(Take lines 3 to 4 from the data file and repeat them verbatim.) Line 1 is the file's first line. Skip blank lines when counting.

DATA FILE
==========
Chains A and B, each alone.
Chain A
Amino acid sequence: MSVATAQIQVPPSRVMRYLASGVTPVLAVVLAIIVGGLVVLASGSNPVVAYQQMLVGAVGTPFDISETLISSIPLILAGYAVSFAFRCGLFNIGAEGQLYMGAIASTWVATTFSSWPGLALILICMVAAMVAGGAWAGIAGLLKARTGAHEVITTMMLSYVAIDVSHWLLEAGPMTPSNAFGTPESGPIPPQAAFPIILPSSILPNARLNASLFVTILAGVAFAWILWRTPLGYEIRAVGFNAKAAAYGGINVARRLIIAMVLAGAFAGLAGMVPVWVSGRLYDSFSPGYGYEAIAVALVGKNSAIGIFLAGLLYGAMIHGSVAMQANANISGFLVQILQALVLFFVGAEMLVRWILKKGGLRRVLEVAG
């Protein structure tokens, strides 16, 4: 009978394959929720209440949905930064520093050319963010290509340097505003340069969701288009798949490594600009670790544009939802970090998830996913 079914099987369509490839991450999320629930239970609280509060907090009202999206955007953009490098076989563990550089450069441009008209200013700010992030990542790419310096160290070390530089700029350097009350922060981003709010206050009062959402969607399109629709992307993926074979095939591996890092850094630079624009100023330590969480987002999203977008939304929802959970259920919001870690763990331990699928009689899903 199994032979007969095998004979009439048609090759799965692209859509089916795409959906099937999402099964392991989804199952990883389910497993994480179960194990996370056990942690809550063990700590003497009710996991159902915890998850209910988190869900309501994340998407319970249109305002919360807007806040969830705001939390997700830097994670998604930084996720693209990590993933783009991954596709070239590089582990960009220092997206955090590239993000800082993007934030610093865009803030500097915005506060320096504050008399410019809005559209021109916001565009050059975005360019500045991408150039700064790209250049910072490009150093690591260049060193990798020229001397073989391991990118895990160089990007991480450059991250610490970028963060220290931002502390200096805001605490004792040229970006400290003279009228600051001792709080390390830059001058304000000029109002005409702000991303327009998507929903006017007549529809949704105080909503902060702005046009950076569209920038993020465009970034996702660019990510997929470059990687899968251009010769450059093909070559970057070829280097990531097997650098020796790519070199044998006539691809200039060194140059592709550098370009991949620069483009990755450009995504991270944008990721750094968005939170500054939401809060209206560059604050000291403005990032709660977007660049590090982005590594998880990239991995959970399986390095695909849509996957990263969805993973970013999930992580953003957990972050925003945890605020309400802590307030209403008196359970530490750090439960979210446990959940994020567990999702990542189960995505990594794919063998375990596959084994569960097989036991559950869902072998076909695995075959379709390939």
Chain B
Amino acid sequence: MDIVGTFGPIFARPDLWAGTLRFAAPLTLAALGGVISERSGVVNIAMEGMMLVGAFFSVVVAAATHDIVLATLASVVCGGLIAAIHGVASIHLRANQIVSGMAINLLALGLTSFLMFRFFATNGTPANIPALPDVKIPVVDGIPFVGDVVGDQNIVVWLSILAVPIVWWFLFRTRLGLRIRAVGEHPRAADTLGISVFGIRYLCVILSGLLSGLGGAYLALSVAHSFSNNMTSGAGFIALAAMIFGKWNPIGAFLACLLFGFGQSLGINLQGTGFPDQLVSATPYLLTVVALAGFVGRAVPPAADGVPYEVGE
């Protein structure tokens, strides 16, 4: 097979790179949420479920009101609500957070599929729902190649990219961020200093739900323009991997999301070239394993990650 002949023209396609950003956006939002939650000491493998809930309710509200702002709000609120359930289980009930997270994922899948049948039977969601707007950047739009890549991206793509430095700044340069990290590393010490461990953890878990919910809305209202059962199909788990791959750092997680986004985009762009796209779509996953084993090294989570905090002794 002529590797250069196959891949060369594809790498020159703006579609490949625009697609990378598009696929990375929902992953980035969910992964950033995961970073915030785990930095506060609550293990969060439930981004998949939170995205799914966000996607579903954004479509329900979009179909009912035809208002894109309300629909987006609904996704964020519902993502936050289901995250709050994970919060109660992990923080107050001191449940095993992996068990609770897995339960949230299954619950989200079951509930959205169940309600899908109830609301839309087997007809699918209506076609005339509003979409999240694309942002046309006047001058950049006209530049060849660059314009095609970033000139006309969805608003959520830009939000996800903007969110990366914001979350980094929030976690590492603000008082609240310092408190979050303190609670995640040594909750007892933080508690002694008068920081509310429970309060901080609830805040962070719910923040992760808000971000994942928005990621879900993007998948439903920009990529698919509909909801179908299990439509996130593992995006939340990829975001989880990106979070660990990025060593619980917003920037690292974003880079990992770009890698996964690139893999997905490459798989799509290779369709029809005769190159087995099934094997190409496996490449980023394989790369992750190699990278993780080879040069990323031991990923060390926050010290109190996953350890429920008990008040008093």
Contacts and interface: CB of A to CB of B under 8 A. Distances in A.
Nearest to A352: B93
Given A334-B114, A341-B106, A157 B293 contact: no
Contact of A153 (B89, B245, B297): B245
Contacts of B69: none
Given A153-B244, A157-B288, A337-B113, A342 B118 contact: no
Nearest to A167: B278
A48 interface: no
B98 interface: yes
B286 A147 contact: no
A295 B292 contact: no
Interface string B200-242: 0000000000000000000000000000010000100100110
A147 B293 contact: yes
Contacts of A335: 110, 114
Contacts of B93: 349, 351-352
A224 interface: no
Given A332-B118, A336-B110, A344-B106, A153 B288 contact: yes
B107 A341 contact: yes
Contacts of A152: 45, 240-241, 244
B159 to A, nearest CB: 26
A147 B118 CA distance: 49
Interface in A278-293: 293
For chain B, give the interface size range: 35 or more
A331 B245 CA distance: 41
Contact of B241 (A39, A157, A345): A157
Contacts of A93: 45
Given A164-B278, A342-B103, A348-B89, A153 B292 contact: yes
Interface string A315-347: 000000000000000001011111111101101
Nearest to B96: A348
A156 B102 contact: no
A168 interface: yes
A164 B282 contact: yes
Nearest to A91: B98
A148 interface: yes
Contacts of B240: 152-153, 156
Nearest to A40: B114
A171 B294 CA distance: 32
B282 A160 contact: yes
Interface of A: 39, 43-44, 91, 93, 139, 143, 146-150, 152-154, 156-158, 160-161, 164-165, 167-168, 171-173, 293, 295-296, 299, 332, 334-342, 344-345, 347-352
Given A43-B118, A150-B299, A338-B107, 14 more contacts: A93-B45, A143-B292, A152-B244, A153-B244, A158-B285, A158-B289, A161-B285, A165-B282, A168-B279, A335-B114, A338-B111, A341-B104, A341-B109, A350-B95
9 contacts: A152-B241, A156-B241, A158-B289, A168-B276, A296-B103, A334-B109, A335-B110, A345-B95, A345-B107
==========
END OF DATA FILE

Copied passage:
Amino acid sequence: MSVATAQIQVPPSRVMRYLASGVTPVLAVVLAIIVGGLVVLASGSNPVVAYQQMLVGAVGTPFDISETLISSIPLILAGYAVSFAFRCGLFNIGAEGQLYMGAIASTWVATTFSSWPGLALILICMVAAMVAGGAWAGIAGLLKARTGAHEVITTMMLSYVAIDVSHWLLEAGPMTPSNAFGTPESGPIPPQAAFPIILPSSILPNARLNASLFVTILAGVAFAWILWRTPLGYEIRAVGFNAKAAAYGGINVARRLIIAMVLAGAFAGLAGMVPVWVSGRLYDSFSPGYGYEAIAVALVGKNSAIGIFLAGLLYGAMIHGSVAMQANANISGFLVQILQALVLFFVGAEMLVRWILKKGGLRRVLEVAG
């Protein structure tokens, strides 16, 4: 009978394959929720209440949905930064520093050319963010290509340097505003340069969701288009798949490594600009670790544009939802970090998830996913 079914099987369509490839991450999320629930239970609280509060907090009202999206955007953009490098076989563990550089450069441009008209200013700010992030990542790419310096160290070390530089700029350097009350922060981003709010206050009062959402969607399109629709992307993926074979095939591996890092850094630079624009100023330590969480987002999203977008939304929802959970259920919001870690763990331990699928009689899903 199994032979007969095998004979009439048609090759799965692209859509089916795409959906099937999402099964392991989804199952990883389910497993994480179960194990996370056990942690809550063990700590003497009710996991159902915890998850209910988190869900309501994340998407319970249109305002919360807007806040969830705001939390997700830097994670998604930084996720693209990590993933783009991954596709070239590089582990960009220092997206955090590239993000800082993007934030610093865009803030500097915005506060320096504050008399410019809005559209021109916001565009050059975005360019500045991408150039700064790209250049910072490009150093690591260049060193990798020229001397073989391991990118895990160089990007991480450059991250610490970028963060220290931002502390200096805001605490004792040229970006400290003279009228600051001792709080390390830059001058304000000029109002005409702000991303327009998507929903006017007549529809949704105080909503902060702005046009950076569209920038993020465009970034996702660019990510997929470059990687899968251009010769450059093909070559970057070829280097990531097997650098020796790519070199044998006539691809200039060194140059592709550098370009991949620069483009990755450009995504991270944008990721750094968005939170500054939401809060209206560059604050000291403005990032709660977007660049590090982005590594998880990239991995959970399986390095695909849509996957990263969805993973970013999930992580953003957990972050925003945890605020309400802590307030209403008196359970530490750090439960979210446990959940994020567990999702990542189960995505990594794919063998375990596959084994569960097989036991559950869902072998076909695995075959379709390939």